28 Circuit Analysis 6 blocks needed: 1.Square function MOS device square law Trans-linear circuits 2.Exponential function Bipolar device MOS device in sub-threshold region 3.Multiplier for mathematical multiplication 4.Mixer for up converting 5.VCO for cosine function 6.An input ramp stage 27

29 Quadratic Function For a fully quadratic function two long channel MOS devices used, each switches in its cycle 28

30 Overall Circuit 29

31 Important parameters The input DC biasing determines the current R value chosen to keep MOS in saturation The Cosine function determines the null frequency The tuning circuit is placed for fine tuning due to process variation The input ramp determines the BW of the pulse and the number of the nulls in the spectrum 30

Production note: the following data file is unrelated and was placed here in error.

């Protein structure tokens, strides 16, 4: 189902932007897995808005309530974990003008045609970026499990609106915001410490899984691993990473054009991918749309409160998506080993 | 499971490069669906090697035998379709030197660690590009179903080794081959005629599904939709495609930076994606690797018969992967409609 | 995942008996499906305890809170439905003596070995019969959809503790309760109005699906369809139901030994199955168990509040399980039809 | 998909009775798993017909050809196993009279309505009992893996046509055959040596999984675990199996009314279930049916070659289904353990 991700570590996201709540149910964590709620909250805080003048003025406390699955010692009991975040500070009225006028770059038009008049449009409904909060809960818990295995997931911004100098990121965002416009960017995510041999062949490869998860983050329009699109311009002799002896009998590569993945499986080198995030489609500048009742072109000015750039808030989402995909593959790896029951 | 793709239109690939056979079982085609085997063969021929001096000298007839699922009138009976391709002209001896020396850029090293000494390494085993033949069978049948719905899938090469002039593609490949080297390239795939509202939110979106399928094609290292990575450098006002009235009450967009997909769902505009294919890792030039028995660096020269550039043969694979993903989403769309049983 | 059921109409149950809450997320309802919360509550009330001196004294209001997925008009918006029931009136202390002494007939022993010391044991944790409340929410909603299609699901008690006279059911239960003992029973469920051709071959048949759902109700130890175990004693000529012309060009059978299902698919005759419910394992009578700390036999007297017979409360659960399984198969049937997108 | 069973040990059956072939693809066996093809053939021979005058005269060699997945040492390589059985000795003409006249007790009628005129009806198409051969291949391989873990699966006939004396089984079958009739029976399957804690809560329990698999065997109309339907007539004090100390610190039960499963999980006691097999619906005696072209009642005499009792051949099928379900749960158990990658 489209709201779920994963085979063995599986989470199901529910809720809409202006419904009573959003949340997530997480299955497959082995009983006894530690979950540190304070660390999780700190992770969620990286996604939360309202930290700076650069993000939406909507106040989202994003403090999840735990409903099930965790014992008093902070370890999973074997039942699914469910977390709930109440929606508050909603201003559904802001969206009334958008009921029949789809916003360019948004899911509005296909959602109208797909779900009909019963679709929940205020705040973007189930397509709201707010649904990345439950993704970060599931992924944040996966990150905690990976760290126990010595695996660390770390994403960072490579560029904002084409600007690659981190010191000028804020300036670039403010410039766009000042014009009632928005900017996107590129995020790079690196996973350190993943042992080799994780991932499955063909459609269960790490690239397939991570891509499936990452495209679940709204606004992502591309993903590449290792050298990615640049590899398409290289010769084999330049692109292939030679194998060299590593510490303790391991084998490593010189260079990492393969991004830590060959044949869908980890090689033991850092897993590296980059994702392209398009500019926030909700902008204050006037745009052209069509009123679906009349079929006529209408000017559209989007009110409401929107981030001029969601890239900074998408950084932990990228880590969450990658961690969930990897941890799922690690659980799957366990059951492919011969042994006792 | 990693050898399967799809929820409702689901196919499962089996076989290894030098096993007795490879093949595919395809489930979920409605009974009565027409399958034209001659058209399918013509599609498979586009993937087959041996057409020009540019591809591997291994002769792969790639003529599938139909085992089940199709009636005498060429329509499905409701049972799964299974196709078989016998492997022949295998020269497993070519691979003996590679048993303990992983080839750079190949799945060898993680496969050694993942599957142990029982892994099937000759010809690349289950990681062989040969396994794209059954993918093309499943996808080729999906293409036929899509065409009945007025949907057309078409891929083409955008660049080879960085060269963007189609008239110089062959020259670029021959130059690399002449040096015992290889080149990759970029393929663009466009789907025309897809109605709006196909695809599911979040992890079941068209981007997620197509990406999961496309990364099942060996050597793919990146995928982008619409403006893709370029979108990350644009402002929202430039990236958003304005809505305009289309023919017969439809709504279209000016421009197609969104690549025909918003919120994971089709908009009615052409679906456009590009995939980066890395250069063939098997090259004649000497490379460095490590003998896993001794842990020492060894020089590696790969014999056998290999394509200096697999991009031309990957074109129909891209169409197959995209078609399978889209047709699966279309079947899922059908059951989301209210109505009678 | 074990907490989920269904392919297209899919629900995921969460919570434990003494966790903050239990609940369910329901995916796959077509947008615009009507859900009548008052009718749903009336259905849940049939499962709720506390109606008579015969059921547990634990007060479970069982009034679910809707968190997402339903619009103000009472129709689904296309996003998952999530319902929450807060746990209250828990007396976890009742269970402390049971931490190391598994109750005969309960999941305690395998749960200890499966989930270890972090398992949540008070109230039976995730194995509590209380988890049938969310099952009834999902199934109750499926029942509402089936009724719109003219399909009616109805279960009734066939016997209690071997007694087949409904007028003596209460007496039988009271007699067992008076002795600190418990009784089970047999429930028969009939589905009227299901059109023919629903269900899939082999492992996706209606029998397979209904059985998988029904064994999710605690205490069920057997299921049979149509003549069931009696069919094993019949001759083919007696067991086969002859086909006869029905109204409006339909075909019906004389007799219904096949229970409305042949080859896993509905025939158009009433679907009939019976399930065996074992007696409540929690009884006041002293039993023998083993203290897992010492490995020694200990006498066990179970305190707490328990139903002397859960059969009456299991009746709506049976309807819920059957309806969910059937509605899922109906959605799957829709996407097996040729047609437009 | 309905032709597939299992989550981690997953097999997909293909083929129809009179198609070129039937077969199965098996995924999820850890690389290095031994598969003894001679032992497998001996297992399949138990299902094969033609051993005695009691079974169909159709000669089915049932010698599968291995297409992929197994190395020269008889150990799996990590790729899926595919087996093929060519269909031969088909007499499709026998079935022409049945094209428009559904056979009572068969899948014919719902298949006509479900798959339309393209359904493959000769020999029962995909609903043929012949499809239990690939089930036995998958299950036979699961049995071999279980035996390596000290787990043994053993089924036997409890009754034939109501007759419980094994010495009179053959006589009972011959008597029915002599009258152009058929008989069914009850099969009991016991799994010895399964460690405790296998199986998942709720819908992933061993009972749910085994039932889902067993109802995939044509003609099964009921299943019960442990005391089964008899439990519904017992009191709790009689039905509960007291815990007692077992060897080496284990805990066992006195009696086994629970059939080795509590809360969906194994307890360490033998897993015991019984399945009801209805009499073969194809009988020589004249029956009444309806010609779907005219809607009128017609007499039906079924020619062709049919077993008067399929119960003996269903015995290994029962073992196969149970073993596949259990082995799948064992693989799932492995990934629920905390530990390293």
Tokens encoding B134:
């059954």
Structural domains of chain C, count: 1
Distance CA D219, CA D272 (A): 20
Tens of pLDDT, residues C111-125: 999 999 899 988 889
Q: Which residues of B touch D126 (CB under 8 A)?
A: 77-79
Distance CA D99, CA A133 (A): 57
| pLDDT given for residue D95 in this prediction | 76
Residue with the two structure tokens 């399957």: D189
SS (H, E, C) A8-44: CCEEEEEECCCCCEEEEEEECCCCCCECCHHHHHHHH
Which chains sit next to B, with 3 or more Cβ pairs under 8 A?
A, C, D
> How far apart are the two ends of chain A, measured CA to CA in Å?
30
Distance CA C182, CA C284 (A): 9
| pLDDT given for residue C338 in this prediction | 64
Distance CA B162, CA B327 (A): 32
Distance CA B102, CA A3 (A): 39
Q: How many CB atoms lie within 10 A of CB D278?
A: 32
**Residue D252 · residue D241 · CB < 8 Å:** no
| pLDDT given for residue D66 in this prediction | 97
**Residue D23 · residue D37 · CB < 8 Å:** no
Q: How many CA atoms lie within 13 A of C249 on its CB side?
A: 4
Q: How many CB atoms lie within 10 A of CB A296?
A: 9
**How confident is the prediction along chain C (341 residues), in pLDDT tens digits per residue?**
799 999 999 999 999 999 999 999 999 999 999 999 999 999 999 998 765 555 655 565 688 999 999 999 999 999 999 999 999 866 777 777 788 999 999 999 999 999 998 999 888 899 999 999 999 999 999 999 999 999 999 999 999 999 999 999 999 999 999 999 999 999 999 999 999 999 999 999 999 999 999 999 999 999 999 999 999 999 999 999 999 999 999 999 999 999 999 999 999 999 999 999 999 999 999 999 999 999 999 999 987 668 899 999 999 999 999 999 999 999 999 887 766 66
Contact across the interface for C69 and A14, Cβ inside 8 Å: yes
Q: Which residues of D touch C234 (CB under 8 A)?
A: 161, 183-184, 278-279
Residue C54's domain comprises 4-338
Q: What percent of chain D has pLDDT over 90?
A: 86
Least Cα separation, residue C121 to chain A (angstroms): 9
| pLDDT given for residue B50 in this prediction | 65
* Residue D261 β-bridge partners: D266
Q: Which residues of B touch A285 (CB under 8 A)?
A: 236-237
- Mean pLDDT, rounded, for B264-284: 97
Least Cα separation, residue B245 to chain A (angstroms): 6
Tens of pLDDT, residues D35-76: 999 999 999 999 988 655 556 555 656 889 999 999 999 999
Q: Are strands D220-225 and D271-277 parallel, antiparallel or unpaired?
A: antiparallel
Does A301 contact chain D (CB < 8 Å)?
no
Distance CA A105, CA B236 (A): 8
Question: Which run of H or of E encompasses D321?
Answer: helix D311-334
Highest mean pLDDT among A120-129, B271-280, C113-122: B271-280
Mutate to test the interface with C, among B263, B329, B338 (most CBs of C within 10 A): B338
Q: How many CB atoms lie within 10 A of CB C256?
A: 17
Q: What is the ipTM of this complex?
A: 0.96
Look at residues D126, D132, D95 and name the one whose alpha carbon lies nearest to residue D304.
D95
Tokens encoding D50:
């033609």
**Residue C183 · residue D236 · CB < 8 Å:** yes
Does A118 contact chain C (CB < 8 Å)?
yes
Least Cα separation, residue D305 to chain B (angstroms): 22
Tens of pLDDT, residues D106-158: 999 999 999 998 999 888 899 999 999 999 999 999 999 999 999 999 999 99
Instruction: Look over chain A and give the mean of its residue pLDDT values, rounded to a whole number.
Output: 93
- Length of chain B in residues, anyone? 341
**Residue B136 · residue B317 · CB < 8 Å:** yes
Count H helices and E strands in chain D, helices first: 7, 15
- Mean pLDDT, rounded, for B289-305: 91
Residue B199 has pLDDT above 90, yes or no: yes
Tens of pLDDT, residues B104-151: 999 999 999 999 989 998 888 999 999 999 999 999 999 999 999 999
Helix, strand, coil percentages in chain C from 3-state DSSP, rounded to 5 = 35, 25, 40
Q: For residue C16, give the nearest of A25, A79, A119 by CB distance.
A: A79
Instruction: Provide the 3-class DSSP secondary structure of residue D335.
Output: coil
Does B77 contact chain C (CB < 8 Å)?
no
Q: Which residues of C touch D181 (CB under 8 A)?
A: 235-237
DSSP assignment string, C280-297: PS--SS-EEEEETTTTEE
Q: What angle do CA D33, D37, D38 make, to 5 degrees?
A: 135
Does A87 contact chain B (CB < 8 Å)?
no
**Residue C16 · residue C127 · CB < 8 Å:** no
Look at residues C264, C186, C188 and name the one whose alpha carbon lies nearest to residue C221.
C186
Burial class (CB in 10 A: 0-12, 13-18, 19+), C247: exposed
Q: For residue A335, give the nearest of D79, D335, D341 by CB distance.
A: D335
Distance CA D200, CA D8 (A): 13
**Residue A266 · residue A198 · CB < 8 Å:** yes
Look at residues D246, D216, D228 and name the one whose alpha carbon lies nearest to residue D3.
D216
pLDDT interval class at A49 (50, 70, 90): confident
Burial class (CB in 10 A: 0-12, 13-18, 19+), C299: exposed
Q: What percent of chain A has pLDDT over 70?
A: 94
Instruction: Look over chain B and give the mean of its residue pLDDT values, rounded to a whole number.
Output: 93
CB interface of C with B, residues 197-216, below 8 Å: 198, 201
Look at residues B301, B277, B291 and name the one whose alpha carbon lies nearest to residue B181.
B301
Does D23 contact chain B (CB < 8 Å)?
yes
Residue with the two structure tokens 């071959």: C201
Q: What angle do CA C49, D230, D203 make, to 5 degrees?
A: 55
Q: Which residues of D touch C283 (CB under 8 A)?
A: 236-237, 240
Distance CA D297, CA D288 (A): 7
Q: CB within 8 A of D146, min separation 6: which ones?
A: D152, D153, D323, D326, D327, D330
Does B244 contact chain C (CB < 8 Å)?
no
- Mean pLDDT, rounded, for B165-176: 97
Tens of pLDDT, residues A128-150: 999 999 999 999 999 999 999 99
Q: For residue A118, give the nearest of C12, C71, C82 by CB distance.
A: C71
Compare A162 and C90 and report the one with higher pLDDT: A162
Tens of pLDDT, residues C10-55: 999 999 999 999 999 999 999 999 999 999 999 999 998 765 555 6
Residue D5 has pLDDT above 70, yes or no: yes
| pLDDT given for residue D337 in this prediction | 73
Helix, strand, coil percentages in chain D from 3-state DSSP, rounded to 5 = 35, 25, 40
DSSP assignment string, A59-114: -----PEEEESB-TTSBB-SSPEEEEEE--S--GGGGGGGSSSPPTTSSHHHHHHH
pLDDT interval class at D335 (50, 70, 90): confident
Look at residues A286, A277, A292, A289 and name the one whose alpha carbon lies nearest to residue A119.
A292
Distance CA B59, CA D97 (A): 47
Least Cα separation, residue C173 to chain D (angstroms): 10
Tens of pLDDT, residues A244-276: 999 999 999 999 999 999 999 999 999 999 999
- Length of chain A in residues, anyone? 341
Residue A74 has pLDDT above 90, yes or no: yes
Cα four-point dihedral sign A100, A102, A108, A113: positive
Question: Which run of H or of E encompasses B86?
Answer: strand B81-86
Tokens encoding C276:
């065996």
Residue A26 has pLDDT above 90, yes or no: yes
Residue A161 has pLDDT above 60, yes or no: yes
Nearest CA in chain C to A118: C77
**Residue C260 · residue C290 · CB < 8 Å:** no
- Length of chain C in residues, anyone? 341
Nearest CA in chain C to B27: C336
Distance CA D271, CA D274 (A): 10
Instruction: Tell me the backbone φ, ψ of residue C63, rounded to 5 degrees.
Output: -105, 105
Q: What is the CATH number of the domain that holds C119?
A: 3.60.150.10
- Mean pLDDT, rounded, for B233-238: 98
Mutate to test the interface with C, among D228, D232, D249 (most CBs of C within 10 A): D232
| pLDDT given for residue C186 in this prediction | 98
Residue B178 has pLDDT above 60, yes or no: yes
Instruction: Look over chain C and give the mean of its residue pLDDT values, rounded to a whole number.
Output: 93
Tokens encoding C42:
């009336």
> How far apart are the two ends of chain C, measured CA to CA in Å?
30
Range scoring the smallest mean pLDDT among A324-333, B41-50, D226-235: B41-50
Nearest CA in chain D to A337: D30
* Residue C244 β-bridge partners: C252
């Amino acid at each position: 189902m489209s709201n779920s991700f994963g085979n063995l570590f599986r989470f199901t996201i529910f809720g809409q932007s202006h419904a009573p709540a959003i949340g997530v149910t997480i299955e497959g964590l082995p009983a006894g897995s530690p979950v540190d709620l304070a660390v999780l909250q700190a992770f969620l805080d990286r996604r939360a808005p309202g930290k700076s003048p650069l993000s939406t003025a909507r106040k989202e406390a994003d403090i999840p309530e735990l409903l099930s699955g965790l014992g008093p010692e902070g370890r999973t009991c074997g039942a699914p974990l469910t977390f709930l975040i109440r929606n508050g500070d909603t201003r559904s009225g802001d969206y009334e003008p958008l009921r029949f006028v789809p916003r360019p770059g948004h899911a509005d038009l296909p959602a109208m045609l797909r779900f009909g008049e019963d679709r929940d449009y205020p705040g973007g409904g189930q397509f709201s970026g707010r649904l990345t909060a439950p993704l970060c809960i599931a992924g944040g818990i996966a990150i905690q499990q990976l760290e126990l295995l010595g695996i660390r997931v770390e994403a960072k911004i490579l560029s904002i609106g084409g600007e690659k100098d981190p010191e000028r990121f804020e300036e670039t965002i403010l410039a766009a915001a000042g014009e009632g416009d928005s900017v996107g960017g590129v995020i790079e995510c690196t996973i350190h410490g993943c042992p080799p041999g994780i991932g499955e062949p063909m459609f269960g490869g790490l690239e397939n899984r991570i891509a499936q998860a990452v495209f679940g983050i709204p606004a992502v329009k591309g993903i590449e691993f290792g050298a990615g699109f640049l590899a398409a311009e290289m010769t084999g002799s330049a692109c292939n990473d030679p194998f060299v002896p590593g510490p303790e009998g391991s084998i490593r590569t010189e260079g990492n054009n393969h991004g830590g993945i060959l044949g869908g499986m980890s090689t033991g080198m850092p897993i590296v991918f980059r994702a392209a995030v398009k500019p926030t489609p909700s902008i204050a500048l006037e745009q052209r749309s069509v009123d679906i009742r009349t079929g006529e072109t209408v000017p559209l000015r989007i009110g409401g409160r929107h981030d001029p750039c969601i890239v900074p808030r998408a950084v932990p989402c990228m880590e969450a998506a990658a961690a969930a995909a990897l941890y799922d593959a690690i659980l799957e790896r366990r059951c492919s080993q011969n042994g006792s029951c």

32 Simulation results Time domain responseFrequency domain response FCC Indoor Mask 31

33 Fine tuning of the nulls by the gain of the tuning circuit 20 dB gain increase of tuning circuit Tuning circuit normal gain Input ramp for both 32

34 Pulse Characteristics Pulse Properties Pulse BandwidthUp to 12 GHz Number of the nulls2 to 6 nulls in the UWB spectrum Null depthUp to 50 dB Coarse tuningCosine for up-converting Fine tuningInput ramp voltage, Tuning circuit gain Power consumption Quadratic and exponential functions- 4 mA Multiplier and Mixer- 15 mA 33

35 Conclusion The proposed UWB pulse features frequency nulls in the UWB spectrum The pulse can be coarse or fine tuned by the input ramp voltage, frequency of the cosine function and gain of the tuning circuit As a result no SNR degradation would occur for the NB system located in the null, and the NB system wouldn’t be disturbed 34